2014 is nearly here. That means it’s time to reflect on the year that’s been. What books did you read this year? Were they the most popular? Based on circulation figures at the library where I work, these were the most checked out mysteries in 2013.
10. Sweet Tea Revenge by Laura Childs — It’s time for a wedding in this 14th installment in the popular Tea Shop Mysteries. Delaine Dish has asked Theodosia Browning to be one of her bridesmaids, but amateur sleuth Theo will end up needing to solve who killed the groom.
9. Bear is Broken by Lachlan Smith — After their father was jailed for their mother’s murder, Teddy Maxwell raised his baby brother, Leo. Years later, both brothers—now lawyers—are at lunch when Teddy is shot. Leo knew his brother had enemies and delves into the search for his brother’s shooter and the reasons why. The truth may raise questions about the murder that took away the boys’ parents.
8. Hit Me by Lawrence Block — Nicholas Edwards used to kill people for a living. Though he left that life behind, one phone call will draw him back to his former life as the hit man known as Keller.
7. Robert B. Parker’s Wonderland by Ace Atkins — “Spencer and his apprentice, Zebulon Sixkill, are on the trail of a mysterious woman, a megalomaniacal Las Vegas kingpin, and a shady plan to turn a chunk of land north of Boston into a sprawling casino” in this second book by estate-authorized author Atkins.
6. Watching the Dark by Peter Robinson — Detective Chief Inspector Alan Banks’ latest investigation requires the utmost discretion. A decorated detective has been murdered at a treatment centre and compromising photographs have turned up. The case suggests police corruption and appears to be connected to an unsolved missing persons case that made national headlines six years prior.
5. Widow’s Tears by Susan Wittig Albert — In her 21st mystery, China Bayles gets a lesson in history. The impact of the Galveston hurricane of 1900 on Rachel Blackwood and her family may have direct ties to the present-day haunting at a nascent bed and breakfast.
4. Deadly Virtues by Jo Bannister — In this standalone mystery, a mental patient may hold the sole key to a murder. Jerome Cardy knows he will be murdered and cryptically tells Gabriel Ash about a dog named Othello. Will anyone believe Gabriel’s account of Cardy’s death?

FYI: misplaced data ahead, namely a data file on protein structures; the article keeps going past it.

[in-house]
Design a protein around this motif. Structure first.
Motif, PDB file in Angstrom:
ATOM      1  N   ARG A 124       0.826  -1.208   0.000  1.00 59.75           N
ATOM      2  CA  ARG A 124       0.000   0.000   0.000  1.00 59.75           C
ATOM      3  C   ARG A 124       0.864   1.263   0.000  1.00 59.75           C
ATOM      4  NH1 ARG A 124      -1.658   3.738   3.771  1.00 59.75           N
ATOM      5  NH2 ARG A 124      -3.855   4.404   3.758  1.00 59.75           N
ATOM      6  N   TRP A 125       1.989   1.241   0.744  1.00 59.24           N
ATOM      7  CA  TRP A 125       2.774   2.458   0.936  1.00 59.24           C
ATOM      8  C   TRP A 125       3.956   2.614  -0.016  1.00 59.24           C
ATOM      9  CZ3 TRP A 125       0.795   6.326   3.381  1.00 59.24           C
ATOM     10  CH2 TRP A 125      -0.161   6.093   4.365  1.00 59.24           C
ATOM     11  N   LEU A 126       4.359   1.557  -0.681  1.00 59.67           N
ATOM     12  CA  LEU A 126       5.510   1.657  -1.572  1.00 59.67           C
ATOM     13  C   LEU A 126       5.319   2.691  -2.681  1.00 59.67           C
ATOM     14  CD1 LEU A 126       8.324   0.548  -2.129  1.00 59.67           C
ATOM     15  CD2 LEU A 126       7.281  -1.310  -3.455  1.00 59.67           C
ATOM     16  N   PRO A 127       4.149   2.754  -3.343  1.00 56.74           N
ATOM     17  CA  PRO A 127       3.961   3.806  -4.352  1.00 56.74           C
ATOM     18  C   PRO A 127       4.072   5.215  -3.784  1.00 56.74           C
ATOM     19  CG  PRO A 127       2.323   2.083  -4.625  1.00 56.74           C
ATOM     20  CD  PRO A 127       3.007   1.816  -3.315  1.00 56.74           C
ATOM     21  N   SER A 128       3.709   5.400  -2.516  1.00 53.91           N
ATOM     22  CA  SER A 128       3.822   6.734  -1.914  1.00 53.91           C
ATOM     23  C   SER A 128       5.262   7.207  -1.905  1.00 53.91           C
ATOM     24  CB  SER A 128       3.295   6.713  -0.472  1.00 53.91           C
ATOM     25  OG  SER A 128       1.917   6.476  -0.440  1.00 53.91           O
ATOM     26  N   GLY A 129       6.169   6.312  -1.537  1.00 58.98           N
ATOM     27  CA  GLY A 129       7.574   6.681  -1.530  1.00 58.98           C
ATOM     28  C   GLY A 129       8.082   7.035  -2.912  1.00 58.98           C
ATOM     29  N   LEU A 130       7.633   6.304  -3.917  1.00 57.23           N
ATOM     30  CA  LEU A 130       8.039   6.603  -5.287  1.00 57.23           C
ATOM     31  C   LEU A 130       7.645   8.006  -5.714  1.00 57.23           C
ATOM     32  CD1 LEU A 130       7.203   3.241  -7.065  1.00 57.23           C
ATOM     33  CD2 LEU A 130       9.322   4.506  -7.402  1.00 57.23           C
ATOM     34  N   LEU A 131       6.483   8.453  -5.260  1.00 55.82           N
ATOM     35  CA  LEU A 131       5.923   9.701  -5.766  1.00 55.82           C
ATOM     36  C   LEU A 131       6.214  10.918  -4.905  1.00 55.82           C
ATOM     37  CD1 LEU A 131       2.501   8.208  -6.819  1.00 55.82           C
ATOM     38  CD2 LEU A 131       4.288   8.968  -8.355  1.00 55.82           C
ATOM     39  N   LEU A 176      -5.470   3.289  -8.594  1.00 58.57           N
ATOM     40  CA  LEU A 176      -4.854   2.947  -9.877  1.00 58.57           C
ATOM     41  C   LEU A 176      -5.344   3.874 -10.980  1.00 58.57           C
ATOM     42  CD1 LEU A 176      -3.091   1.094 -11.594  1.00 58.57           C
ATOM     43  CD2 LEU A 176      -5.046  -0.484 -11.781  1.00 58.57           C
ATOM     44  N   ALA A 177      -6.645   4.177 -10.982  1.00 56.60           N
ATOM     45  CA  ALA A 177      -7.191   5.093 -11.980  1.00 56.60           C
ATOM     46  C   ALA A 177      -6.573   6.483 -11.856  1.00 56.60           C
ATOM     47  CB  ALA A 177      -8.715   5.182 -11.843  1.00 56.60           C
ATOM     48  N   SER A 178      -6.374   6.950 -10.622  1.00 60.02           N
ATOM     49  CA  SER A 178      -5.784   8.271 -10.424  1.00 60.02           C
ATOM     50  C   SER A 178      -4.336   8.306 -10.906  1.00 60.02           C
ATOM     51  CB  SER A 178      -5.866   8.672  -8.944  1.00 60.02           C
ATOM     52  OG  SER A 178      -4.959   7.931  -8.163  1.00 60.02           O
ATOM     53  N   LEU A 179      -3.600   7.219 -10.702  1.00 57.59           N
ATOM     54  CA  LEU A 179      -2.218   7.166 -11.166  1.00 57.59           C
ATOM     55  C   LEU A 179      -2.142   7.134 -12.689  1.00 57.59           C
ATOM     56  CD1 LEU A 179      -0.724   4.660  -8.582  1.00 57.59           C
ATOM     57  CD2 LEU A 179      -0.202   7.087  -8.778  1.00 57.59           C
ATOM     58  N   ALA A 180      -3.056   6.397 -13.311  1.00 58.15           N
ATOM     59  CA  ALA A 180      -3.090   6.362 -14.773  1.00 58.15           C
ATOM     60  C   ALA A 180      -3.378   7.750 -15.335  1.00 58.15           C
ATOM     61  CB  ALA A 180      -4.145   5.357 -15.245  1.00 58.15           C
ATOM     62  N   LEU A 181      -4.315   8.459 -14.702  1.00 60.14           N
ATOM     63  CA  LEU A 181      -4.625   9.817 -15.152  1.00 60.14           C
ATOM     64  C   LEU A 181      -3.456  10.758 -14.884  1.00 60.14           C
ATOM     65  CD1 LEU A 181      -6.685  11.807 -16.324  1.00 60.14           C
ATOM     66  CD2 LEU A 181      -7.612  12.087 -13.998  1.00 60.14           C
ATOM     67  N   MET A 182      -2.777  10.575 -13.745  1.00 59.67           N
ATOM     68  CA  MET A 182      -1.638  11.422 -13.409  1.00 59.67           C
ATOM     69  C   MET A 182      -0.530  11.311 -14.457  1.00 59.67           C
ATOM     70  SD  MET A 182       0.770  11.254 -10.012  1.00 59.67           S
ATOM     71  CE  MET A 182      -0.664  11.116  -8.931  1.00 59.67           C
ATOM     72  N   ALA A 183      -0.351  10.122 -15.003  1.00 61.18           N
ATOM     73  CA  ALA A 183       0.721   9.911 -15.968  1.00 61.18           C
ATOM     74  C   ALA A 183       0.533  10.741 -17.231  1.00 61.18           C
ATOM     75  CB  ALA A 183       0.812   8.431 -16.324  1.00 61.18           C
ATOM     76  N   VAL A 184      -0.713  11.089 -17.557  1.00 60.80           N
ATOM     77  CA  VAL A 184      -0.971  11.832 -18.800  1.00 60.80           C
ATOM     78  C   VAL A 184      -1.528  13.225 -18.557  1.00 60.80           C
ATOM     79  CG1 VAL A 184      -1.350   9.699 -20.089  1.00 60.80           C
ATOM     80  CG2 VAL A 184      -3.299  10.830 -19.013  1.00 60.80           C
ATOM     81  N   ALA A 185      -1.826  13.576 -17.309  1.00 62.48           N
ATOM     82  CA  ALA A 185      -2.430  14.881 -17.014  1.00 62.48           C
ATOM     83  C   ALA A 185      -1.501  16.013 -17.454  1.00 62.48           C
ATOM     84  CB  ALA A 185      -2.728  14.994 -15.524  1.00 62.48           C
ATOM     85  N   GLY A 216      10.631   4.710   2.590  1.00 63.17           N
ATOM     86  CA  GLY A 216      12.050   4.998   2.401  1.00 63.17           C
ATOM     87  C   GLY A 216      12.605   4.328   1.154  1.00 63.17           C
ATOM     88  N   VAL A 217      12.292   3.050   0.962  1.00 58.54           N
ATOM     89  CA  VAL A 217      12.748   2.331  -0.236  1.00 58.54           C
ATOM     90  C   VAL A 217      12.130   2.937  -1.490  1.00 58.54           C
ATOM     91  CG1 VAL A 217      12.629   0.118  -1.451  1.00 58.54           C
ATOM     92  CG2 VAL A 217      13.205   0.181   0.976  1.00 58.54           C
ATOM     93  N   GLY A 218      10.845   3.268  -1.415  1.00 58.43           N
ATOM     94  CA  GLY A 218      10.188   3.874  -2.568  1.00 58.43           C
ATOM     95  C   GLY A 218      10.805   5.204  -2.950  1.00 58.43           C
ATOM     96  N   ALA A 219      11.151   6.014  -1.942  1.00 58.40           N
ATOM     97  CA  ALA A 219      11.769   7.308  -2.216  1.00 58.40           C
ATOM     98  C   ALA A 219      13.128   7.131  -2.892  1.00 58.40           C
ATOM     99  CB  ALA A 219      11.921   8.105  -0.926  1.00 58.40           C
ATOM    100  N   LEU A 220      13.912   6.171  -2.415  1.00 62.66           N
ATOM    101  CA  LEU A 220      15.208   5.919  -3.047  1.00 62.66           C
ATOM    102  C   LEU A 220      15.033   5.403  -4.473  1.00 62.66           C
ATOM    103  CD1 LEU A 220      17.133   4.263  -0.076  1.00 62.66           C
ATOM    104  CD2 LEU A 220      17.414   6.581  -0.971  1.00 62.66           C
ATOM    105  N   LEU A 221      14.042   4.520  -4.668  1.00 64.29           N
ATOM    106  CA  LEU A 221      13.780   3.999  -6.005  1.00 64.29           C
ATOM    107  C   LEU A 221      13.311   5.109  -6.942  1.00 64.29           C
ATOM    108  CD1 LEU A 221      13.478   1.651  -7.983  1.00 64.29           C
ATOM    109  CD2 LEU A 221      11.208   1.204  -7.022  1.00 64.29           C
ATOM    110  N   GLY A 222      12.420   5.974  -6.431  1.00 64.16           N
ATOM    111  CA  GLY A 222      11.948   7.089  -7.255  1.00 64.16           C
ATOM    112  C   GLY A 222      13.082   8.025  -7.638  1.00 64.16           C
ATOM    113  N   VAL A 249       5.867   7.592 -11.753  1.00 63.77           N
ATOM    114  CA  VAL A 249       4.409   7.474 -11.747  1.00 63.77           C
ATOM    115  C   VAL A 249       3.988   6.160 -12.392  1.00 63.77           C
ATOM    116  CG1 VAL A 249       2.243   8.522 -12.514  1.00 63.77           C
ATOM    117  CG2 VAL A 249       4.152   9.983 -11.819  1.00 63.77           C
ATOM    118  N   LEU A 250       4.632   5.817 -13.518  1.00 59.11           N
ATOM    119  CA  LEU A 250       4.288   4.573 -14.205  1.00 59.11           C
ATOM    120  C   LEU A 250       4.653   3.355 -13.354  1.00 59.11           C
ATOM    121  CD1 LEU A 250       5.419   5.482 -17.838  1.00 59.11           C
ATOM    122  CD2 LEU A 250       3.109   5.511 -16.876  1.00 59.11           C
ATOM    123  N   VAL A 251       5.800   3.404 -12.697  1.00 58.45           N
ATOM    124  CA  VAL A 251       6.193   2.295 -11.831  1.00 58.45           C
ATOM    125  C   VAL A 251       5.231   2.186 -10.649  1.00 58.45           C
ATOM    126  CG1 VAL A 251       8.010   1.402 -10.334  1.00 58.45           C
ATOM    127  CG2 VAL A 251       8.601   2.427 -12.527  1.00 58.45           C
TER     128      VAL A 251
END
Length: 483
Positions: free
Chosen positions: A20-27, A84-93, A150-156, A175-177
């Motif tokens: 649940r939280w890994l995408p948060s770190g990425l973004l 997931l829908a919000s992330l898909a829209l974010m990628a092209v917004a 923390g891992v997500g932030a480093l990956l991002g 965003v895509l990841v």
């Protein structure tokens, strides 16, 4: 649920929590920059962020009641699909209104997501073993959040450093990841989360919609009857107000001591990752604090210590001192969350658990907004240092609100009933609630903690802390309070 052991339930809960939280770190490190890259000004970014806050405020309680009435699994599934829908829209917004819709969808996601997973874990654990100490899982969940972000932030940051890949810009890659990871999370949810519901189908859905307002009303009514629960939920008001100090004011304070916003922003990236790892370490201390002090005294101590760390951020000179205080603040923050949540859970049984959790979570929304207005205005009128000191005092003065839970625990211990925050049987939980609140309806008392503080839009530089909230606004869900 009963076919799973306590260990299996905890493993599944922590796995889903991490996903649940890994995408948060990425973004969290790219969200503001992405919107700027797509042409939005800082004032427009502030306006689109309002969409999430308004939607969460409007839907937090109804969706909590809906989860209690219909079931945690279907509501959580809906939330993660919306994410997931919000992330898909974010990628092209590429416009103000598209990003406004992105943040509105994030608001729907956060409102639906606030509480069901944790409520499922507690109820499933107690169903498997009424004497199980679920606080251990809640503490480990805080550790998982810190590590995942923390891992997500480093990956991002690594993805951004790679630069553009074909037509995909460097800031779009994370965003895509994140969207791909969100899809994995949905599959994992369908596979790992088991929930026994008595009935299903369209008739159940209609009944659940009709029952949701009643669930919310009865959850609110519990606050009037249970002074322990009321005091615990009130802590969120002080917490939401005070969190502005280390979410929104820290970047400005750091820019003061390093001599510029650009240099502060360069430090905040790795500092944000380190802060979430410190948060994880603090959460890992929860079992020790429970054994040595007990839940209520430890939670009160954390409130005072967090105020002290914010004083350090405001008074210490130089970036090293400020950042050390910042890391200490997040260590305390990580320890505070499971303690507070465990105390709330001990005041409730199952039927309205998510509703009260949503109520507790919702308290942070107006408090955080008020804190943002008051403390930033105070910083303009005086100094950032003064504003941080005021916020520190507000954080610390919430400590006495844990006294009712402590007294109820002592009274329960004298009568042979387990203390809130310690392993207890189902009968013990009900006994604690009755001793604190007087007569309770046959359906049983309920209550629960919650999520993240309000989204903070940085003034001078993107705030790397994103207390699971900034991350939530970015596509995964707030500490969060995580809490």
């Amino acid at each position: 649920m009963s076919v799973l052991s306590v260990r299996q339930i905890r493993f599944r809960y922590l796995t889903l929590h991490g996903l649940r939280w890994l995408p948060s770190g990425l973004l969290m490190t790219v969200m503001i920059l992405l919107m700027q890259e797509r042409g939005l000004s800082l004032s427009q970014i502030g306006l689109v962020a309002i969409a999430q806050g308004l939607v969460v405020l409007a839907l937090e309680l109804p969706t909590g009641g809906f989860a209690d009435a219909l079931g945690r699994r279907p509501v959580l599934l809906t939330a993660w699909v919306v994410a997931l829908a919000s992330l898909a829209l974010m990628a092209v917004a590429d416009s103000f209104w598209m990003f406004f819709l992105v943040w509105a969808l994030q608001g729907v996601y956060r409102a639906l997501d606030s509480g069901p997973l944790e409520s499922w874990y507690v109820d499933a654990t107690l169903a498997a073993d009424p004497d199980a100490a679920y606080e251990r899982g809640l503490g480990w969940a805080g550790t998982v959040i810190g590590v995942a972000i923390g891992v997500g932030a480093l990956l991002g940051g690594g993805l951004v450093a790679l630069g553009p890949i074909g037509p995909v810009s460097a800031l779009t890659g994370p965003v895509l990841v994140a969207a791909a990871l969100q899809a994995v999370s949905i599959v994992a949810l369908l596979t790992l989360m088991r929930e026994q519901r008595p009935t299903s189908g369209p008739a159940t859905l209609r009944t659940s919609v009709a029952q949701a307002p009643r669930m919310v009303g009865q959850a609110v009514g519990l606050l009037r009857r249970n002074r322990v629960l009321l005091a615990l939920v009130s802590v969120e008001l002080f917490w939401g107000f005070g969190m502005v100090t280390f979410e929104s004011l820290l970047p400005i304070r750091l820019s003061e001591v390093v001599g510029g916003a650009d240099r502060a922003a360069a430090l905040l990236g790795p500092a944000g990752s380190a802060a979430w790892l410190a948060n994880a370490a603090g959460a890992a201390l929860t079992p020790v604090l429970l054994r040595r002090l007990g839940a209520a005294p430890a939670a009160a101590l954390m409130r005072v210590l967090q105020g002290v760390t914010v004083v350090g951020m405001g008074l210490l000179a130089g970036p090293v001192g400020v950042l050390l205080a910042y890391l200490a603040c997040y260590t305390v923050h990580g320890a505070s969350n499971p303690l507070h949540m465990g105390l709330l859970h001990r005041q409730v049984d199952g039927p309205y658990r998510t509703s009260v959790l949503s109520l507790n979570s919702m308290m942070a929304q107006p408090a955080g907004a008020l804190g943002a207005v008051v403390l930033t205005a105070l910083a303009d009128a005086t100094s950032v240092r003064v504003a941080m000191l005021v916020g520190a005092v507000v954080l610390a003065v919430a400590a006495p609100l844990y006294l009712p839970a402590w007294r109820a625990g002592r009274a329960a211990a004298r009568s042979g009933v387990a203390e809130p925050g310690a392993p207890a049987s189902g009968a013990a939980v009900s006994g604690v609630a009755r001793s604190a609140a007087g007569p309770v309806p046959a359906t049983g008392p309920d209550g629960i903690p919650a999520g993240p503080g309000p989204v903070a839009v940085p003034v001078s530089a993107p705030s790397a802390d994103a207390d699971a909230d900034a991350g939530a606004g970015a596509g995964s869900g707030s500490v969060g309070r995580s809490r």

3. The Heist by Janet Evanovich — In this madcap caper, FBI Special Agent Kate O’Hare reluctantly agrees to work with con man Nicohlas Fox to locate a corrupt investment banker hiding in Indonesia.
2. Midnight at Marble Arch by Anne Perry — Charlotte and Thomas Pitt are back in their 28th mystery, which peels back the layers of Victorian society. The rape and apparent suicide of Catherine Quixwood, a wealthy banker’s wife, has tongues wagging in London. The Pitts are faced with numerous questions about Catherine’s behavior the night she died. What ugly secret is the polite society of London’s grand houses hiding?
And the Number One Mystery of the Year is …
1. Kinsey and Me by Sue Grafton — Private Investigator Kinsey Millhone burst onto the scene in 1982, and has become one of mystery’s longest running and beloved sleuths. This collection of tales is like a behind-the-scenes look at author Grafton and her creation, Kinsey.
There you have it. The most popular reads of the year by some of the most popular names in the mystery genre. Delighted or disappointed? How many have you read? And which books would make your list of the top ten mysteries of 2013?
Interestingly, the 11th most checked out book was Killer Librarian by Mary Lou Kirwin about—naturally—a librarian who embarks on a dream trip of London to take a murderous literary tour.